Kingdom of LiesUnique Leader
1. Return to the Old World
2. The Western Star
4. Reflections of a Monster
8. Telluric Necromancy
9. The March
10. Red Hue Upon a Lunar Equinox
11. The Eastern Star (Convolvulus)
It's the slow bits that get you. Grinding, somnambulant beatdowns, agonizing and willfully lobotomized, full of menace and spite: not a new phenomenon in deathcore, by any means, but a facet of the genre that OSIAH appear to have mastered and refined on their second full-length record. In truth, these widely respected brutes from England's windswept North East share a considerable amount of DNA with most of their Unique Leader Records brethren, and there is more than enough straight-ahead death metal to be found lurking amid scabrous beat-'em-ups, like opener "Return to the Old World", to keep most old schoolers vaguely cheerful. But the key here is those slow bits. Much like fellow countrymen BLACK TONGUE, OSIAH have embraced the reality that slow is nearly always heavier than fast; and while this band have the technical chops to showboat with the best of them, every time these songs drop to half or quarter tempo, you can almost hear the widening of eyes and the quickening of pulses as OSIAH's true collective power is unleashed. It's there in "Reflections of a Monster"'s lumbering, hateful denouement; it's there in the startling but scattershot muscularity of "The Western Star", a song that makes slipping into a lower gear sound like an act of war. It's even there in the scorching mid-paced attack of "Awakening", with its syncopated, machine-gun midsection and a particularly bug-eyed turn from vocalist Ricky Lee Roper that hits subterranean sonic depths as the final riff slithers to a deathly halt.
The last few years have seen a massive surge of bands plundering these same sonic treasures. Deathcore has evolved hugely as a result, and it's not just the high-profile likes of ENTERPRISE EARTH and FIT FOR AN AUTOPSY that are pushing and blurring boundaries, extending the genre's shelf life in the process. In that context alone, OSIAH fully deserve to be regarded as heavyweights. "Kingdom of Lies" has a flow and depth to it that eludes the vast majority of like-minded releases. This feels like a real album, cohesive and thoughtfully structured, and demands repeat spins as a result. Even something as superficially prosaic and direct as "Hellborn" boasts numerous deft, dissonant touches and riffs that eschew the formulaic in favor of the ever-so-slightly skewed. There are even occasional nods to the old school amid an otherwise remorselessly modern barrage. "Telluric Necromancy" begins with a flurry of MORBID ANGEL pomp, before veering off on a dizzying tech-sludge tangent, while the closing "The Eastern Star (Convolvulus)" is a full-on labyrinth of riffs and tempos; blastbeat-driven but dense with claustrophobia and jarring ambience.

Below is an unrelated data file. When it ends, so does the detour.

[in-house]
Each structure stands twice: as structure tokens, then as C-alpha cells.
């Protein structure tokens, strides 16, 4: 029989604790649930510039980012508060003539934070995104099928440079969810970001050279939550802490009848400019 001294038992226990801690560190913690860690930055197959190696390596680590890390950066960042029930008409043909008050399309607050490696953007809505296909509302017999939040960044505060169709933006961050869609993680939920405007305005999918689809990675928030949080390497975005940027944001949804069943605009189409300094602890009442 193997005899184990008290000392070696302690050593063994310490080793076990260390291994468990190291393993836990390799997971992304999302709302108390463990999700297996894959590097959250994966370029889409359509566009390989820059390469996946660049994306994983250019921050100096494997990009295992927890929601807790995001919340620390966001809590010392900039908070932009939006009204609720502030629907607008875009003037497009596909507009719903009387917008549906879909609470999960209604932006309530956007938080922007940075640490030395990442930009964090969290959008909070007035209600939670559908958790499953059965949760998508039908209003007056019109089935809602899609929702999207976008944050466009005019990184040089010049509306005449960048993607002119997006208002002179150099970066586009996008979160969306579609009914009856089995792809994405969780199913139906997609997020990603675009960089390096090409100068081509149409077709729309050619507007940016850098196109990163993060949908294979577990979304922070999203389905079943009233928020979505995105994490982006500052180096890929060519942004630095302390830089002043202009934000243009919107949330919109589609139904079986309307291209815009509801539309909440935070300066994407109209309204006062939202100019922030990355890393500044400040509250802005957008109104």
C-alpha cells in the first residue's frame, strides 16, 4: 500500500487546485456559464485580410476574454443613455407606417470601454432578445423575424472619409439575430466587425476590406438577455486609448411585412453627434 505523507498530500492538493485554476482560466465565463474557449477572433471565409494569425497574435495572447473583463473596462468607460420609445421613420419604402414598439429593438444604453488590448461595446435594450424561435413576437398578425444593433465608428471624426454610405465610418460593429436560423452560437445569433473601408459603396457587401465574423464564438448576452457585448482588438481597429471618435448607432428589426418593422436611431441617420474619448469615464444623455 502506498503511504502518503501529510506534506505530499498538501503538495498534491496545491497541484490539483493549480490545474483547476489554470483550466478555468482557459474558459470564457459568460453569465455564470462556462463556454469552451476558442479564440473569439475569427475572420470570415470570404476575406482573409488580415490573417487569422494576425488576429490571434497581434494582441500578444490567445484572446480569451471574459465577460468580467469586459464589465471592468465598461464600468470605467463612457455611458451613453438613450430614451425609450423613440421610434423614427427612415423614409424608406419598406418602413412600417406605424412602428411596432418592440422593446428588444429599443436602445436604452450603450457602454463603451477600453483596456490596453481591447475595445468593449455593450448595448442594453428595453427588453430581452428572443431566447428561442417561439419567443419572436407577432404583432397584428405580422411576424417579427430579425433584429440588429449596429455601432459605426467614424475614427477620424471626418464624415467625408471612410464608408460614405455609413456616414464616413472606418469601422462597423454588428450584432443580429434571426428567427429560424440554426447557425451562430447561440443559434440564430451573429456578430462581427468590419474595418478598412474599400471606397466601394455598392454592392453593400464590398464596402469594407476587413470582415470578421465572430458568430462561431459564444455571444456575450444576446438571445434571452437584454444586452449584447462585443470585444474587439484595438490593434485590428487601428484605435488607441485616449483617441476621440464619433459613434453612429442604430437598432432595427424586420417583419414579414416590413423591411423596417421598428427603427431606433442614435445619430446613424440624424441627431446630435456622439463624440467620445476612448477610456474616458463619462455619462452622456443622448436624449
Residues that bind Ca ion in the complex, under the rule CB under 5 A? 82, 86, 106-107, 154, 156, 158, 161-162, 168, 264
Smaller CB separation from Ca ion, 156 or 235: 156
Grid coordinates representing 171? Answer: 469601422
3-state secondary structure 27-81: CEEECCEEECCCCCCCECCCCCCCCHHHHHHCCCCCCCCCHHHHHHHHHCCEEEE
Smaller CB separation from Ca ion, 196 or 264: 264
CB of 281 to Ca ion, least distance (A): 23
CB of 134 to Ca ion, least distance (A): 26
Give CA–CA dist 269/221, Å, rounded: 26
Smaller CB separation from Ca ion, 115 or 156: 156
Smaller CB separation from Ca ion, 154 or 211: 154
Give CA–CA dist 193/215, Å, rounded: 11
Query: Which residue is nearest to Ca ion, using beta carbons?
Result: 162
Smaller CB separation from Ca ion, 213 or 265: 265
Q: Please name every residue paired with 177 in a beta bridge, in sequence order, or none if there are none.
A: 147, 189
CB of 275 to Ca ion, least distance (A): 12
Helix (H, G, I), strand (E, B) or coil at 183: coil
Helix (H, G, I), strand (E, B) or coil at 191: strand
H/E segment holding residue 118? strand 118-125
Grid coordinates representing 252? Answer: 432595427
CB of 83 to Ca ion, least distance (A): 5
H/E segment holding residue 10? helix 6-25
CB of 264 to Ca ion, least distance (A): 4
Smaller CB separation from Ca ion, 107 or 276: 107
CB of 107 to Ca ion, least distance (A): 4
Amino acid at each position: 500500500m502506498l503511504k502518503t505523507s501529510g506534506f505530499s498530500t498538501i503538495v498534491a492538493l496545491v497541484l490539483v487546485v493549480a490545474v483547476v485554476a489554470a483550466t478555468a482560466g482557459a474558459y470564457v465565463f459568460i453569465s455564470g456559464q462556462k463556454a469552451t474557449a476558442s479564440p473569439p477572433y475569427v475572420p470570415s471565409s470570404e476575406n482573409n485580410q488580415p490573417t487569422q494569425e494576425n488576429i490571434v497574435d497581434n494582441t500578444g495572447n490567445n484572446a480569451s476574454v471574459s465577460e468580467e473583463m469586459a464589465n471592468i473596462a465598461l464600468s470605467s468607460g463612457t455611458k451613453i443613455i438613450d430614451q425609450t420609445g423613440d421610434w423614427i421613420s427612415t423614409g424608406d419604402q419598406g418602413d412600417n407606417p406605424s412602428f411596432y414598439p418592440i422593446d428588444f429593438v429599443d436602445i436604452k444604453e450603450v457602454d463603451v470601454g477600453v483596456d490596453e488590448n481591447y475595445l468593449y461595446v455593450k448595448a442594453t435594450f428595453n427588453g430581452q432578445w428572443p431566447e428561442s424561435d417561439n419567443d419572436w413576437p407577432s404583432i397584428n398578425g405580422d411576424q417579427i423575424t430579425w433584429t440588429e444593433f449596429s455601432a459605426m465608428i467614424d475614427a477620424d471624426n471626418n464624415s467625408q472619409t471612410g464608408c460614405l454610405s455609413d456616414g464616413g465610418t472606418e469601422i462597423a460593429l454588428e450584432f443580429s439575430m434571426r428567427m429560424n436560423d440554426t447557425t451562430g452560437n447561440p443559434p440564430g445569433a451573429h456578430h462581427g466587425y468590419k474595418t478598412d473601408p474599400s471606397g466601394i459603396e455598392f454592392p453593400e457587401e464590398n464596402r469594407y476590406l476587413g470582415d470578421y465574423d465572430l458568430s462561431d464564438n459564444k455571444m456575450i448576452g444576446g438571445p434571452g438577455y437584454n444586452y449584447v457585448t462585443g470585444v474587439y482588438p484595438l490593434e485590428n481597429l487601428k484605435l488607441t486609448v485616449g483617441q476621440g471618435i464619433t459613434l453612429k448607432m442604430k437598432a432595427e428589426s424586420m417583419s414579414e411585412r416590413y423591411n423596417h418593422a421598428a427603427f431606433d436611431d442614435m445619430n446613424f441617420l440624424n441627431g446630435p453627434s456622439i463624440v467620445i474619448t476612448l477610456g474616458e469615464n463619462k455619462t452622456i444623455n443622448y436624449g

A massive step forward from their 2016 debut, "Terror Firma", "Kingdom of Lies" suggests that OSIAH are only midway through their evolutionary quest. With occasional hints at other possible routes through an as-yet-ill-defined future, these songs are both smarter than the average and unashamedly entertaining in that irresistibly thuggish and simplistic way that first made deathcore so attractive to some and yet so objectionable to others. The smart money is on most fans of brutal metal digging the piss out of this one, however. It's the slow bits that'll get you: Be ready.